Austin-based ClearSpace Homes has been around for several years, but recently I noticed the founder, Hayden Lindley, was working on some new designs. One of those is the 504-square-foot efficiency unit, pictured, which is finished on the outside with lap siding and cement board. Lindley is noodling this prefab design and others and wants to produce some new in-house plans with an accurate ballpark cost attached.
I’ve seen a ton of interest in these panel-built structures by Sett Studio, so I thought it’d be appropriate to share a short video for your viewing pleasure. In the video, these Austin-based builders share details of the construction, materials, and installation of a typical Sett Studio. Mike Speciale of Sett Studio also talks about why they use SIP construction and how they’ve tweaked shou-sugi-ban to treat their siding. For the pretty photos, check the original Sett and the twin Setts.
Several months ago, I shared photos of a tiny studio shed by Texas-based Sett Studio and want to share details of cool new project by the same firm in same area. Sett Studio recently worked with The Goodlife Team, a local real estate company, and created these two studios that are now being used as extra space for the company’s expanding East Austin offices.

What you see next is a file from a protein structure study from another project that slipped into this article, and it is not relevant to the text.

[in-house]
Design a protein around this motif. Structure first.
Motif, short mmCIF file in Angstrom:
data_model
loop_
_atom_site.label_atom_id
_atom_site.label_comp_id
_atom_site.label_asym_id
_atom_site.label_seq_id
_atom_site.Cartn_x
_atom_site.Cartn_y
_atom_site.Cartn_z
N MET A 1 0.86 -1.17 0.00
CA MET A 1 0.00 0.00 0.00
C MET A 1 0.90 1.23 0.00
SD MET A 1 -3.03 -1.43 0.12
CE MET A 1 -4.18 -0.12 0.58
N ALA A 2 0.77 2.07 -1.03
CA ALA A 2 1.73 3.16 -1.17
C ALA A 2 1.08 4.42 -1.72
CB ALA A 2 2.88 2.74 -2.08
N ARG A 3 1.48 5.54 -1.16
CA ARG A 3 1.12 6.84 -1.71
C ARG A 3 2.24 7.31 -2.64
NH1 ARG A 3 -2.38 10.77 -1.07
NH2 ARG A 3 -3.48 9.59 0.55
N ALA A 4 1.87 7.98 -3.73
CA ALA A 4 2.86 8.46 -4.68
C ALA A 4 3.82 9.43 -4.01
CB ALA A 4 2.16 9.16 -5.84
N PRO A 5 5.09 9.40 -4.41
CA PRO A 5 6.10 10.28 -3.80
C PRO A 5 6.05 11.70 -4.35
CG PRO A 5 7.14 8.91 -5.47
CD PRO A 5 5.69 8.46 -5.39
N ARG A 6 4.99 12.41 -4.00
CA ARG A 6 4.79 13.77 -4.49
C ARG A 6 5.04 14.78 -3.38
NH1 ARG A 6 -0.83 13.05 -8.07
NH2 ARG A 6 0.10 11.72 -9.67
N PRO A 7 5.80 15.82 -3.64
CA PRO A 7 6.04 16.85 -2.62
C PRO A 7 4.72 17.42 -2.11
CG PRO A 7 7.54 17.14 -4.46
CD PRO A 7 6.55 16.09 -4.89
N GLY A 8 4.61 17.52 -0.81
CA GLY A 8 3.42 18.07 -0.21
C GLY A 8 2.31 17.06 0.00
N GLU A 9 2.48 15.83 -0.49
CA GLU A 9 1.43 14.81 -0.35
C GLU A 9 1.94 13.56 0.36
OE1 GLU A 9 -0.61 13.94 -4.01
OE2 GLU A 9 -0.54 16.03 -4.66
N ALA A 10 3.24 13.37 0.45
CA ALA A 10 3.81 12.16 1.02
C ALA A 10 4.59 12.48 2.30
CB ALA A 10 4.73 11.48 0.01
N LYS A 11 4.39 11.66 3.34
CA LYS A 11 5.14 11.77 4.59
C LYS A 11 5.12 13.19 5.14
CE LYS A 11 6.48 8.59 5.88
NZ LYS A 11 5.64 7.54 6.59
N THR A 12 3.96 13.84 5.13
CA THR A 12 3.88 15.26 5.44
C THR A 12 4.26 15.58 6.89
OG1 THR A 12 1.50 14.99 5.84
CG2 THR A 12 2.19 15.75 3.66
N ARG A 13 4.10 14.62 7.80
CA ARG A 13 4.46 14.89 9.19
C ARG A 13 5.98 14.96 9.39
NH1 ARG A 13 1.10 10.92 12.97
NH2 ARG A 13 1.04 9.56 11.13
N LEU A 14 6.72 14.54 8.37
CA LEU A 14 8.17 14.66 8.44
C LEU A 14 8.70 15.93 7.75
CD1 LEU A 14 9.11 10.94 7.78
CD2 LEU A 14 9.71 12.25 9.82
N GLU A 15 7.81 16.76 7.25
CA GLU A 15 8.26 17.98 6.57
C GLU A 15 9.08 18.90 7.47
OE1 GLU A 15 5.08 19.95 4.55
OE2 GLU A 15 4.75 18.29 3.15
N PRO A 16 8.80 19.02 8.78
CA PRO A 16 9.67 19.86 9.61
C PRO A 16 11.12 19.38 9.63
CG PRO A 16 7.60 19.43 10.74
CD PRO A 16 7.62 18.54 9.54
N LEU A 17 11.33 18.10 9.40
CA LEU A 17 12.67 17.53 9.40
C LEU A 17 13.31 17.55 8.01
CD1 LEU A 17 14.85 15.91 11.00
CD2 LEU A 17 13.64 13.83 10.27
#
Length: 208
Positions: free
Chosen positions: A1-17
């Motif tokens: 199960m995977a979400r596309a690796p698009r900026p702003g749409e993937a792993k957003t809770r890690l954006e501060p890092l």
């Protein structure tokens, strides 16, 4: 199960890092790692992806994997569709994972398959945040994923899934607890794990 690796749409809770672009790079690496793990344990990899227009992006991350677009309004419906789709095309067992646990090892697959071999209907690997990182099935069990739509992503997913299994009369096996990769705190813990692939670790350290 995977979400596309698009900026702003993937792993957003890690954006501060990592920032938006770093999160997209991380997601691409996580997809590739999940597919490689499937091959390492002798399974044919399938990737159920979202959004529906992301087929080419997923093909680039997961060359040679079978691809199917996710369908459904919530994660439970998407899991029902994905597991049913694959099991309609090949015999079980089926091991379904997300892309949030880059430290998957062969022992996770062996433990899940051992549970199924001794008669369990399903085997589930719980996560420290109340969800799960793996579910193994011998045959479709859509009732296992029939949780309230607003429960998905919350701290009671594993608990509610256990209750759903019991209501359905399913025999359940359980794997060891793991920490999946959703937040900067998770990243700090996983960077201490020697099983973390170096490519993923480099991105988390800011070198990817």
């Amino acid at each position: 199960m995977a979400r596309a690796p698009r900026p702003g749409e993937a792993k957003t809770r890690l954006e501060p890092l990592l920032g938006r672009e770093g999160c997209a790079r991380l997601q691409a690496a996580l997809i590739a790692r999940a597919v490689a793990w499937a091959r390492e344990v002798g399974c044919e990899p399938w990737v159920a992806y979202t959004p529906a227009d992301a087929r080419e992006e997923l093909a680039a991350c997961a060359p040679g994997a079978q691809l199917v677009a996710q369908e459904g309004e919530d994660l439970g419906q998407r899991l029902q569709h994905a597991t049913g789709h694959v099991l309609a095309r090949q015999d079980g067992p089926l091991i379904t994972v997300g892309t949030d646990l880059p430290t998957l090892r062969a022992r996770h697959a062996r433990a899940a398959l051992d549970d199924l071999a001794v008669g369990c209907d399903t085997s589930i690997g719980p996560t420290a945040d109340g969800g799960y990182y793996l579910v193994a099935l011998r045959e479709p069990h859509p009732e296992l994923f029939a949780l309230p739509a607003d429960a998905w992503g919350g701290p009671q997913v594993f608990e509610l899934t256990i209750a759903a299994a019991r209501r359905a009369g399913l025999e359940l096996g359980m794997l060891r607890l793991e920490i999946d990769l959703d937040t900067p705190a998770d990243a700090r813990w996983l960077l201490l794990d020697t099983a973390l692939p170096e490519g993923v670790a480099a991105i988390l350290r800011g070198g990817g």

Since its launch, Boulder-based Studio Shed has shown impressive growth. The company recently announced the launch of Studio Shed Lifestyle, Small Kits, and Garage+ — which means Studio Shed offers anything from a compact storage structure to a fully-finished 600+ square-foot studio. And with a solar-powered factory, the company is in a great position to help homeowners create eco-friendly space when and to the extent needed.
KitHAUS recently shared photos of a prefab writer’s studio installed in the Brentwood area of western Los Angeles. The building was made with bolt-together aluminum framing, windows and doors with low-E glazing, and SIPs that are CFC, HCFC, HFC, and formaldehyde-free. The new studio is from KitHAUS‘s standard K4 module. K4 has 187 square feet, assembles in about four days, and costs from $39,750.
I’ve seen the tiny house thrive in 2011 like none other. People behind these structures — whether a tiny home, shed, backyard office, ADU, or off-season retreat — seem to have a little Thoreau inside. Nonetheless, please keep this in mind: only about 5% of the population would ever dream to live in a tiny house. Is this for you? Here’s a little round up of the built projects that we covered in 2011, in no particular order. Click the text below for more and use your tabs for hours of reading.